Alexander, Churchill, and Montgomery in North Africa
Finest Hour 181, Summer 2018
By Bradley Tolppanen
Bradley Tolppanen is author of Churchill in North America, 1929 (2014).
In the summer of 1942, after two years of fighting in the desert, British fortunes in North Africa reached their lowest ebb. Rommel and his German-Italian army inflicted a severe defeat on the Eighth Army at Gazala in May, captured Tobruk in June, and forced the British into a tumultuous retreat from Mersa Matruh deep into Egypt later that same month. With smoke billowing over Alexandria as the British burned their papers in the expectation of Rommel’s imminent arrival, the Afrikakorps reached the Alamein line. Under Sir Claude Auchinleck, the Middle East Commander-in-Chief who had sacked Neil Ritchie and taken personal command of the Eighth Army, the British halted the Axis advance in stiff fighting through the first week of July. Poorly coordinated counter-attacks through July, however, failed to dislodge Rommel. In a stalemate, the two exhausted armies paused to resupply, and both “settled down in acute discomfort plagued by flies, heat, desert sores, and all-pervading sand as they dug, wired, and mined their respective front lines.”1
As fighting petered out at Alamein, Prime Minister Winston Churchill grew increasingly concerned. He had watched the disastrous events of the summer unfold from both Washington, where he was in conference with the American president, and on his return to London. The surrender of Tobruk, which had withstood a siege in 1941, had been a particular blow. Now, with Rommel sixty miles from Alexandria, Churchill was little disposed to brook excuses. He would later exclaim, “Rommel, Rommel, Rommel, Rommel, what else matters but beating him?”2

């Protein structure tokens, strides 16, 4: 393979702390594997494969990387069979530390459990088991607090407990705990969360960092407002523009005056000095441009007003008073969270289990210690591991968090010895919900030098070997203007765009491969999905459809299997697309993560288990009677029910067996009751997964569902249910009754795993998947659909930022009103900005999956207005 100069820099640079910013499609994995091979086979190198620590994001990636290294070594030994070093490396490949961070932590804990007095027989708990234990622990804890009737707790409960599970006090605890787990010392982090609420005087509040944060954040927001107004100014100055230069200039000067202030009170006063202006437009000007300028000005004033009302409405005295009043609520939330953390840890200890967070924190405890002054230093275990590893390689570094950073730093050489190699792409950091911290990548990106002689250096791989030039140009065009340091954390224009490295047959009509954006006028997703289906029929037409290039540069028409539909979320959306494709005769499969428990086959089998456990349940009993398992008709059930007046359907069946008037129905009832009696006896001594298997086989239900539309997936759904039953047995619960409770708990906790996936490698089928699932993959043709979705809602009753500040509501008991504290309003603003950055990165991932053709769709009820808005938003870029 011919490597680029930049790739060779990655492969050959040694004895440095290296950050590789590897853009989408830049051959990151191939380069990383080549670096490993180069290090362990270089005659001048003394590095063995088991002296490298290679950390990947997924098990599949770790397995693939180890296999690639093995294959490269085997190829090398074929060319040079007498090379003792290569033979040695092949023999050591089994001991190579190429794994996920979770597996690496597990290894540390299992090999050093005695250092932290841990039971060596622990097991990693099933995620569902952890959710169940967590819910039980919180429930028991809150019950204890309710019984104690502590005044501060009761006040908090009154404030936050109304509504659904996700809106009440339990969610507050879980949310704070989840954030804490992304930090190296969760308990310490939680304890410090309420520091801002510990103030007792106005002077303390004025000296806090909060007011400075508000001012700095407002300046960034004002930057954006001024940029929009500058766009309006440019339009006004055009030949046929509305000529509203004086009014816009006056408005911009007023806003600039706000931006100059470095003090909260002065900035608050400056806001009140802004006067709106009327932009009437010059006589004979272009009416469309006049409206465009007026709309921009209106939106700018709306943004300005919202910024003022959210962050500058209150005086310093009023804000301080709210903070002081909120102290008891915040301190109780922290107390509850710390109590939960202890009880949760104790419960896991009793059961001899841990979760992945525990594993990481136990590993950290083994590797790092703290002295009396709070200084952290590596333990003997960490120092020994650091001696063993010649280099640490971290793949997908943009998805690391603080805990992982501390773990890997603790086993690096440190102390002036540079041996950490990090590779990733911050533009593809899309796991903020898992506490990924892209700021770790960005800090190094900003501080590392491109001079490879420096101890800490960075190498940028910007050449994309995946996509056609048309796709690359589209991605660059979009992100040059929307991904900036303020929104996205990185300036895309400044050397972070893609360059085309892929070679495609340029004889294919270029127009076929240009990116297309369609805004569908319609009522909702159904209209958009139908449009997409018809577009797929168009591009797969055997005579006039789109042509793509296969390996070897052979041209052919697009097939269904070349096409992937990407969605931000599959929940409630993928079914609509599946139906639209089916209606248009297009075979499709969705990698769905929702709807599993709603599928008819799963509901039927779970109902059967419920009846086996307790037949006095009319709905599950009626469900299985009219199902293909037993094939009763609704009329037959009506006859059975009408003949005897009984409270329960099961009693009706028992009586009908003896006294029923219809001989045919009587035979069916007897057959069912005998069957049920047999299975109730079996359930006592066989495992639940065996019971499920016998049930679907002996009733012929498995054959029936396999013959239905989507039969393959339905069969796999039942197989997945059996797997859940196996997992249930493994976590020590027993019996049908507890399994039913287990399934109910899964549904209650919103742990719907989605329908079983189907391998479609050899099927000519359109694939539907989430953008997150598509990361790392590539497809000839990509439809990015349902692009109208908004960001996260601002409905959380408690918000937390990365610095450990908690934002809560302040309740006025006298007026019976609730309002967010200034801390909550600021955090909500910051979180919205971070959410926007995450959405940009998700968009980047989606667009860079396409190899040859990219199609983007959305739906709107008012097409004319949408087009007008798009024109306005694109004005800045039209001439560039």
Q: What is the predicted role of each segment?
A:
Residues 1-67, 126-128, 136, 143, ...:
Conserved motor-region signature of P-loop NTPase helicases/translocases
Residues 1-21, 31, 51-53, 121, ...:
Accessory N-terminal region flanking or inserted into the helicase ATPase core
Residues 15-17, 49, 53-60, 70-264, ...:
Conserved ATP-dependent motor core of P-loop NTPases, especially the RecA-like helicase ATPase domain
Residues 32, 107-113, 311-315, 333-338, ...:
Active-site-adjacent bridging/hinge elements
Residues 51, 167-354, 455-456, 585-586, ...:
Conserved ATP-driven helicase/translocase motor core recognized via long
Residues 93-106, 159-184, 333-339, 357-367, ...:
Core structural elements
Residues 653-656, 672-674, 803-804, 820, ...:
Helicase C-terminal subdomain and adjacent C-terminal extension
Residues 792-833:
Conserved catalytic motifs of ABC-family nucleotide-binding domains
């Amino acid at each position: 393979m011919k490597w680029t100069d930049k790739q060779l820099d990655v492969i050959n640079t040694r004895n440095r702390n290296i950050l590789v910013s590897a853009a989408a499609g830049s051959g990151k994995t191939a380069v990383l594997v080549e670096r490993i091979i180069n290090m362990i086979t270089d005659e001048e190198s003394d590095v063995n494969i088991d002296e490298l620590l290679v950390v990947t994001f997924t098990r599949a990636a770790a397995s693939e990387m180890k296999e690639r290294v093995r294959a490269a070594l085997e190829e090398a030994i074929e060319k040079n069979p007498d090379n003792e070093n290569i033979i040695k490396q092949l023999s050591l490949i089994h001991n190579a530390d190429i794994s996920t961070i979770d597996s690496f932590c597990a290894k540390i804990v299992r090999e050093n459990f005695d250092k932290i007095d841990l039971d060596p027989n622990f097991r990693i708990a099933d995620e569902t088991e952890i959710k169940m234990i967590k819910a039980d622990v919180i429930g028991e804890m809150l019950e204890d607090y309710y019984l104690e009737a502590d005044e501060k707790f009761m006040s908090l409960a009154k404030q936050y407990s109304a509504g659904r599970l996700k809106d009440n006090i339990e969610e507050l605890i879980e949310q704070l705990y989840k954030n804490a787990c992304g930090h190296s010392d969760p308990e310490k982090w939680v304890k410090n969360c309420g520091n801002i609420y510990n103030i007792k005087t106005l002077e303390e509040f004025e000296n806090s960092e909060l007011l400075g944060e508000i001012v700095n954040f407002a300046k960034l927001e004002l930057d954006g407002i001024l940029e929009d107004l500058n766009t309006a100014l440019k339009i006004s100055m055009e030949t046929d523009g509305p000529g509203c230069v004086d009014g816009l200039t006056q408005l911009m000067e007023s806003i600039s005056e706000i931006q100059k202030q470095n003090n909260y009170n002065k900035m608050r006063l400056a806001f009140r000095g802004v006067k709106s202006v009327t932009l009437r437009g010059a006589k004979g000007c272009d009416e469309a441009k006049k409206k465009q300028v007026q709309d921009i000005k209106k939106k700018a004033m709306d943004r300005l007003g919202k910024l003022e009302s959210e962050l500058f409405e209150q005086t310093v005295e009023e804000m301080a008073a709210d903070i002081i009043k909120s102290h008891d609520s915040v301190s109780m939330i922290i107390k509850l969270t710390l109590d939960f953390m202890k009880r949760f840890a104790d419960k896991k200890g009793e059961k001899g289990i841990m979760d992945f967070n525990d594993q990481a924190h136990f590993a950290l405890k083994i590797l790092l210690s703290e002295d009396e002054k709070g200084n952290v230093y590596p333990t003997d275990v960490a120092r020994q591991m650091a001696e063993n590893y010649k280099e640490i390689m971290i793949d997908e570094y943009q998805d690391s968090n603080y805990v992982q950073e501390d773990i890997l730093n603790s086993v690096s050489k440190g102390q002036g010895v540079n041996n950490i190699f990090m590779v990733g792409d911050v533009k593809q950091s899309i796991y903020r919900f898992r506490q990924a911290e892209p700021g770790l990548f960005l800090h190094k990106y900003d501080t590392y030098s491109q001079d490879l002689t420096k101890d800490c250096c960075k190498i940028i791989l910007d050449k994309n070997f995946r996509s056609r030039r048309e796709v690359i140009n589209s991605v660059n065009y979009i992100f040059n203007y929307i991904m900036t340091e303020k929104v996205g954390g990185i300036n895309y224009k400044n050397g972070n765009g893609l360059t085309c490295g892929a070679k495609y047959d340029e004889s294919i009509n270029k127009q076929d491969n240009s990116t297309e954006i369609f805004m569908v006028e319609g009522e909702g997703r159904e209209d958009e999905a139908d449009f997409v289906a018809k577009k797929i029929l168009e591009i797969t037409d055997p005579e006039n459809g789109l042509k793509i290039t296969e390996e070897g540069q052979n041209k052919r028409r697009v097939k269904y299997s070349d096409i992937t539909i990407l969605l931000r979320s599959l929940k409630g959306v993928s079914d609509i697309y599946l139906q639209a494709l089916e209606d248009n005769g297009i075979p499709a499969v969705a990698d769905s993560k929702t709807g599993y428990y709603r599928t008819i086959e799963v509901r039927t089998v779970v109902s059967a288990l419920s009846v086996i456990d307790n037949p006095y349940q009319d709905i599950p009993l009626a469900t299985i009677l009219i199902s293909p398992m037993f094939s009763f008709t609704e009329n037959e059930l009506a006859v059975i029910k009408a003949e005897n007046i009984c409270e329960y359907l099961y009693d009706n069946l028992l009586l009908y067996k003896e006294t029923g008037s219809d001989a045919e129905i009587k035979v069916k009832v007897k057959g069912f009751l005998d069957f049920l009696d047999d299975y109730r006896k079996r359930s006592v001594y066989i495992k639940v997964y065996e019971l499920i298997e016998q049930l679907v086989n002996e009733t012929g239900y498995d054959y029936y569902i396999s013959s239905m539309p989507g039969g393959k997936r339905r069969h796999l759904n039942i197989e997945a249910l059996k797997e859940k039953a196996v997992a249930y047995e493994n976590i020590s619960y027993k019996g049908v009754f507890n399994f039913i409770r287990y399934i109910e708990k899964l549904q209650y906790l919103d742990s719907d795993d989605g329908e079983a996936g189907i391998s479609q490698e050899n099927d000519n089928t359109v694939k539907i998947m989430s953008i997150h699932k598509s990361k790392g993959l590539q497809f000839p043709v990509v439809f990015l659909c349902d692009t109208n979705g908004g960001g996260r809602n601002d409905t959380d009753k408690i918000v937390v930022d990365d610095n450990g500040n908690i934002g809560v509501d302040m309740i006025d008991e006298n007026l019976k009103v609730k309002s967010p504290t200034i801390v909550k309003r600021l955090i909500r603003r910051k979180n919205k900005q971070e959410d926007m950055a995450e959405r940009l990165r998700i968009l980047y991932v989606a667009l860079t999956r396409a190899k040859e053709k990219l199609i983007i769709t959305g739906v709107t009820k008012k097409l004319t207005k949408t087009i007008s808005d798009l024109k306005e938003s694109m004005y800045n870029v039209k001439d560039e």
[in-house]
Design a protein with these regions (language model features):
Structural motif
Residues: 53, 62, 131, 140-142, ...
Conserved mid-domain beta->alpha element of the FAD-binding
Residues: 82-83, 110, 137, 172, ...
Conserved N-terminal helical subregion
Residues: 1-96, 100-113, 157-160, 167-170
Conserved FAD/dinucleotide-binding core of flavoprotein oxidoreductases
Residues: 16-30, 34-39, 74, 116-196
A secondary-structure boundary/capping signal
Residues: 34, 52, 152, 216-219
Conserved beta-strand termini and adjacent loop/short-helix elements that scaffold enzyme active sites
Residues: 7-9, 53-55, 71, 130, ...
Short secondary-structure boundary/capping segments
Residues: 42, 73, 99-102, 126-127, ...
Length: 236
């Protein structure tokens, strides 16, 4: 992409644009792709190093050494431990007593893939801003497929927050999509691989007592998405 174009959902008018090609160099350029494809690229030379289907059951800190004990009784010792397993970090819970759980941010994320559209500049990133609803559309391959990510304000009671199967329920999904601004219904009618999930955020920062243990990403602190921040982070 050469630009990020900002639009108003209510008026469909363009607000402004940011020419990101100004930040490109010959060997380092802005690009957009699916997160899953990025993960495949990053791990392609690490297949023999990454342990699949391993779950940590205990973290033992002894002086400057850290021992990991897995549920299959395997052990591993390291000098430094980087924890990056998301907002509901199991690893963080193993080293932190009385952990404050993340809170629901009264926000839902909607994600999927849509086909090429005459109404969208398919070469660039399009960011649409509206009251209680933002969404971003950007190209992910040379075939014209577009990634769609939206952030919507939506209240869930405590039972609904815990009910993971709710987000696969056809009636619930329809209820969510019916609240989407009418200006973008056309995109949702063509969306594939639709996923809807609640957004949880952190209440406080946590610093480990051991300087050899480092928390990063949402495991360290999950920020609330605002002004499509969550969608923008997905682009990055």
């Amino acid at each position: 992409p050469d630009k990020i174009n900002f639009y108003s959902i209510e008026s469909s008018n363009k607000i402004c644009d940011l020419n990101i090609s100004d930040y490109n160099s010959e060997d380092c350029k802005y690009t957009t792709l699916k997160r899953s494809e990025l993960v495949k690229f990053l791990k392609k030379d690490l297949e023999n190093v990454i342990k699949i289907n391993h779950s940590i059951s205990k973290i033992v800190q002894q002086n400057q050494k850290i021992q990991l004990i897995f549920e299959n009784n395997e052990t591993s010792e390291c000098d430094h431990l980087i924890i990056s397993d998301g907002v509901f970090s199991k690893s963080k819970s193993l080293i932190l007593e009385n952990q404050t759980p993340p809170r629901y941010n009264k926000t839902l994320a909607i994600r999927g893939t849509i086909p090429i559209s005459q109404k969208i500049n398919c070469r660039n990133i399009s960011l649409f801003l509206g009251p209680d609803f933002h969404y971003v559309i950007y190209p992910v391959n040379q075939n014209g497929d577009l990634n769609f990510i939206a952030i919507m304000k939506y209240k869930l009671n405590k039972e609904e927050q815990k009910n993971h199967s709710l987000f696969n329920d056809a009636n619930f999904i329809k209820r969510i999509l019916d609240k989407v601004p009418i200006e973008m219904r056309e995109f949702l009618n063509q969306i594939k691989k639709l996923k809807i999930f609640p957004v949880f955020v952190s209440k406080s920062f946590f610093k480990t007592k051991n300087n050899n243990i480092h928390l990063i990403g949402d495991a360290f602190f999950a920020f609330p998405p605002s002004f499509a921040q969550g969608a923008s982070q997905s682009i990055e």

Fred Glueckstein is a frequent contributor to Finest Hour and author of Churchill and Colonist II (2014).
On 9 December 1905, Prime Minister Sir Henry Campbell-Bannerman sent Winston Churchill, MP for Manchester North West, a telegram at his house, 29 Belgrave Square: “Greatly obliged if you would come and see me here at six o’clock.”1 During their meeting, Campbell-Bannerman invited Churchill to join his Government as Under-Secretary of State for the Colonies. The offer was accepted.
On Churchill’s first evening as a junior member of the Government, he attended a party in London where he was introduced to Edward Marsh, a clerk in the West African Department of the Colonial Office:
“How do you do?” asked Marsh. “Which I must now say with great respect.”
“Why with great respect”? Churchill responded.
“Because you’re coming to rule over me at the Colonial Office,” Marsh replied.2
In the winter of 1935, on the recommendation of Sir John Lavery and other artist friends, Churchill travelled to Morocco for the first time for a painting holiday. He was inspired by the light and colours. He referred to the pink Atlas mountains as ‘paintaceous’ and painted some of his most refined watercolours – and one particularly skilled oil painting – here. He was entranced by the exotic, desert landscape and the colours – the pinks, whites and ochres contrasting with the brilliant blue of the desert sky. He gathered a large number of photographs on this and subsequent visits which still remain in the Studio archives at Chartwell.
On his arrival in Durban in December 1899, Churchill was hailed a war hero after his daring escape from the Boer POW camp. His new fame allowed him to override the objections of the War Office and he continued to assume the dual role of officer – with a local volunteer unit, the South African Light Horse – and war correspondent.
For the next six months, he encountered fire, took part in the bloody and unsuccessful battle of Spion Kop in January 1900 and, as the war turned in Britain’s favour, was present at the relief of Ladysmith and the occupation of Pretoria. Returning to England in July 1900, Churchill was feted on the streets of Oldham.
In his last youthful military adventure, Churchill joined British forces in the Boer War. Churchill set off, armed with the important things in life – sixty bottles of spirits, twelve bottles of Rose’s Lime Juice and a supply of claret – and arrived in Cape Town late on 30 October 1899.
He was famously captured only two weeks later by the Boers when the armoured train on which he was travelling in Boer-occupied territory was ambushed and derailed. He made a dramatic escape the following month, making his way to Durban, with the Boers offering a reward of £25 for the recapture of their well-known prisoner, ‘dead or alive’. His dispatches from the Boer War were republished as two books, London to Ladysmith via Pretoria (1900) and Ian Hamilton’s March (1900).
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